Advertiser content

Soil carbon credits are key to unlocking agricultural wealth

Provided by

AgreenaCarbon is Europe’s leading soil carbon programme. It supports more than 1,000 farmers’ regenerative transition over two million hectares of farmland in 19 countries, ensuring integrity outcomes for farmers, food production and climate.

In today’s world, where the effects of climate change and the importance of soil health are becoming more evident, the concept of soil carbon credits has gained prominence.

But what is a soil carbon credit and how can farms generate and use them?

Regenerative farming has been shown to boost the amount of carbon stored in soils.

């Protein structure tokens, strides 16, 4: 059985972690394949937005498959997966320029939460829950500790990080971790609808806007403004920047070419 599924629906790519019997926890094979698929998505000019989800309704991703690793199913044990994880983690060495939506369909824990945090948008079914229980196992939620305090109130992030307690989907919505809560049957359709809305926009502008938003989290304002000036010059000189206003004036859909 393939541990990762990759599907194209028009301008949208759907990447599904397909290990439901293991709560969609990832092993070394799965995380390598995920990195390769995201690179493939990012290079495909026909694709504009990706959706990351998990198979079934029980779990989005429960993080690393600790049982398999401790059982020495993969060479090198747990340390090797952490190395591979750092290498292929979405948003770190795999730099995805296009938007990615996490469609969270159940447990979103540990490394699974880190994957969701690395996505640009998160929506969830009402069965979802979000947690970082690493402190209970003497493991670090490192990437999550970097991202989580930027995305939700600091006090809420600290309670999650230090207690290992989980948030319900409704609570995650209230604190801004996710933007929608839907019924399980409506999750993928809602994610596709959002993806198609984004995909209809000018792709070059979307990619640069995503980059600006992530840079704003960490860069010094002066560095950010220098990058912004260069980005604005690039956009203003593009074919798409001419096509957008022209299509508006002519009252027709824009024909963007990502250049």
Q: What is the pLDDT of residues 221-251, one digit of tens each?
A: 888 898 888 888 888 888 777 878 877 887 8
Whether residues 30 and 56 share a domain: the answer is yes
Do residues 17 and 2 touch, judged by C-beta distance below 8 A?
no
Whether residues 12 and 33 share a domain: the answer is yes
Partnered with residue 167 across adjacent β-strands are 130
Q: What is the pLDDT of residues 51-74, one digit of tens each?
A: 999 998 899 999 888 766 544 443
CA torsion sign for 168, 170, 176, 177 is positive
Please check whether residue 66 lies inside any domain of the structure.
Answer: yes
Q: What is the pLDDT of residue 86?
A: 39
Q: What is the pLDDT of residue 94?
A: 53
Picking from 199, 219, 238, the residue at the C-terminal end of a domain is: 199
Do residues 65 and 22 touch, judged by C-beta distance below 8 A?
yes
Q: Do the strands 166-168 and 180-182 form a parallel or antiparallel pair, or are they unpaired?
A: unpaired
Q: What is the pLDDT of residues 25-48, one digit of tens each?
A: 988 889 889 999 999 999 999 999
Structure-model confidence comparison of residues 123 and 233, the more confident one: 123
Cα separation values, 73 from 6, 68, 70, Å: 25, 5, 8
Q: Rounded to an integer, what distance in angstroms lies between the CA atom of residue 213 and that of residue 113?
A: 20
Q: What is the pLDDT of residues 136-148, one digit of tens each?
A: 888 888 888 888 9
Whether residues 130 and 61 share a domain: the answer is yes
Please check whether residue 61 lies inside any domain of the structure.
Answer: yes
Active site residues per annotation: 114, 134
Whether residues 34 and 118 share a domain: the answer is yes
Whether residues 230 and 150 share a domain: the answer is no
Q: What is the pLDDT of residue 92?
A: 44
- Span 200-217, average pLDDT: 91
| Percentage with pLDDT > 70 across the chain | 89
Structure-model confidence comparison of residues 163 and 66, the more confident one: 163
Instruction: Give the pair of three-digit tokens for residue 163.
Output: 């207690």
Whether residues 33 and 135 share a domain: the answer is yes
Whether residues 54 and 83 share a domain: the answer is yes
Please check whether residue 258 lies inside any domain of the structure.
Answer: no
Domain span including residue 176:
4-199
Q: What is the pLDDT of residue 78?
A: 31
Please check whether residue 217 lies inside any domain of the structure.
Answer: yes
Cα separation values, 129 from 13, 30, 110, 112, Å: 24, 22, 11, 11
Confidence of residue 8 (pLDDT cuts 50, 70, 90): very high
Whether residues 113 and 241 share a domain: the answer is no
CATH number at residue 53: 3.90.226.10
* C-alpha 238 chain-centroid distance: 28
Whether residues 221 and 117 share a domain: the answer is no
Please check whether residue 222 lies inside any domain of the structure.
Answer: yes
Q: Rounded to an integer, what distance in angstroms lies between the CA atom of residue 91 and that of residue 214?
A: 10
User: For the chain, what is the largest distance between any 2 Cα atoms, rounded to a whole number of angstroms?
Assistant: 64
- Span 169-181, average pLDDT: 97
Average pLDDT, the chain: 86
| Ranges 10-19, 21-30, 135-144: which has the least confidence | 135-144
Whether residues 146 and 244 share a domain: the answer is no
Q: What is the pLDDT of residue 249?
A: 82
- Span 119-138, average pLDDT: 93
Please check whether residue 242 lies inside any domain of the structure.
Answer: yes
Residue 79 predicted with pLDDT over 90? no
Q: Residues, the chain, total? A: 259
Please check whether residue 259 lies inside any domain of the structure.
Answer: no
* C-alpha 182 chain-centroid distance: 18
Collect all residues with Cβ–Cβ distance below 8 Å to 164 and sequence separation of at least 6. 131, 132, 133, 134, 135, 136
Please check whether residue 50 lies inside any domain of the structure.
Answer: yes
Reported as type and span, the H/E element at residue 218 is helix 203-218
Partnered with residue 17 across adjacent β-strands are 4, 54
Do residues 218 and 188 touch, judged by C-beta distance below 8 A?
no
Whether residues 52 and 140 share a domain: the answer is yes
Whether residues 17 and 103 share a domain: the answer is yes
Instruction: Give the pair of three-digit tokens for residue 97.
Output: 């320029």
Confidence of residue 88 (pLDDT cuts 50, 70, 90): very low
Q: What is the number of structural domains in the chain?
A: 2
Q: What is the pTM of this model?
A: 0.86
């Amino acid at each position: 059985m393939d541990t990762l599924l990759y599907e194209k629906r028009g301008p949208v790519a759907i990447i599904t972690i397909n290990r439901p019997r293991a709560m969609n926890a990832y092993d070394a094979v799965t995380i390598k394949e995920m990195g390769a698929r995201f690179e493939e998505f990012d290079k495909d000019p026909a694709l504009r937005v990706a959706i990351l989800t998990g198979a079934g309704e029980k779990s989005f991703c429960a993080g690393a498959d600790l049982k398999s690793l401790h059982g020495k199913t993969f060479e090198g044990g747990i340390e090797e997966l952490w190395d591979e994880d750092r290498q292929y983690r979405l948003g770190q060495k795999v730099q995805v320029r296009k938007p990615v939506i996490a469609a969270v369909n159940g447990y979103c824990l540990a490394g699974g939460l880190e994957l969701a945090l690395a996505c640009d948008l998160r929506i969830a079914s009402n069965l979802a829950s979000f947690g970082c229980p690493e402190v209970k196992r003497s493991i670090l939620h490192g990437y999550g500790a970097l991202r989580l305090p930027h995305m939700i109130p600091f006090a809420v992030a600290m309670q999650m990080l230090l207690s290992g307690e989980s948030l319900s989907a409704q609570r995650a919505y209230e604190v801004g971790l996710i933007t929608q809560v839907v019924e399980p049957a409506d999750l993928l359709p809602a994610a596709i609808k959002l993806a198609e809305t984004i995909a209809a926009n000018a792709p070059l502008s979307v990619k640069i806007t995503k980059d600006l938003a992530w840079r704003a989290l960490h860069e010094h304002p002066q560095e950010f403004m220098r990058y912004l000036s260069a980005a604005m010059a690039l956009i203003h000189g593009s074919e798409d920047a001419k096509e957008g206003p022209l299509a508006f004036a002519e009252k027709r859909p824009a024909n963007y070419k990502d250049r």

In fact, it is estimated that if just under half of the land that is currently available for regenerative agriculture were to transition, it could result in a total reduction of 23 gigatonnes of carbon dioxide equivalent (CO2e) by 2050 – according to research from Project Drawdown.

Soil carbon programmes issue credits to farmers as a way of encouraging these regenerative practices – but what are ‘credits’ and why should you care about them?

Let’s start by identifying what a soil carbon credit is. Simply put, a soil carbon credit represents one metric tonne of CO2e reduced, or removed from the atmosphere by soil-based mechanisms.

Farmers who take part in soil carbon programmes can earn credits for the CO2 reduced and removed due to transitioning to regenerative practices.

Companies can then financially support these farmers as they transition by purchasing their credits in the carbon market.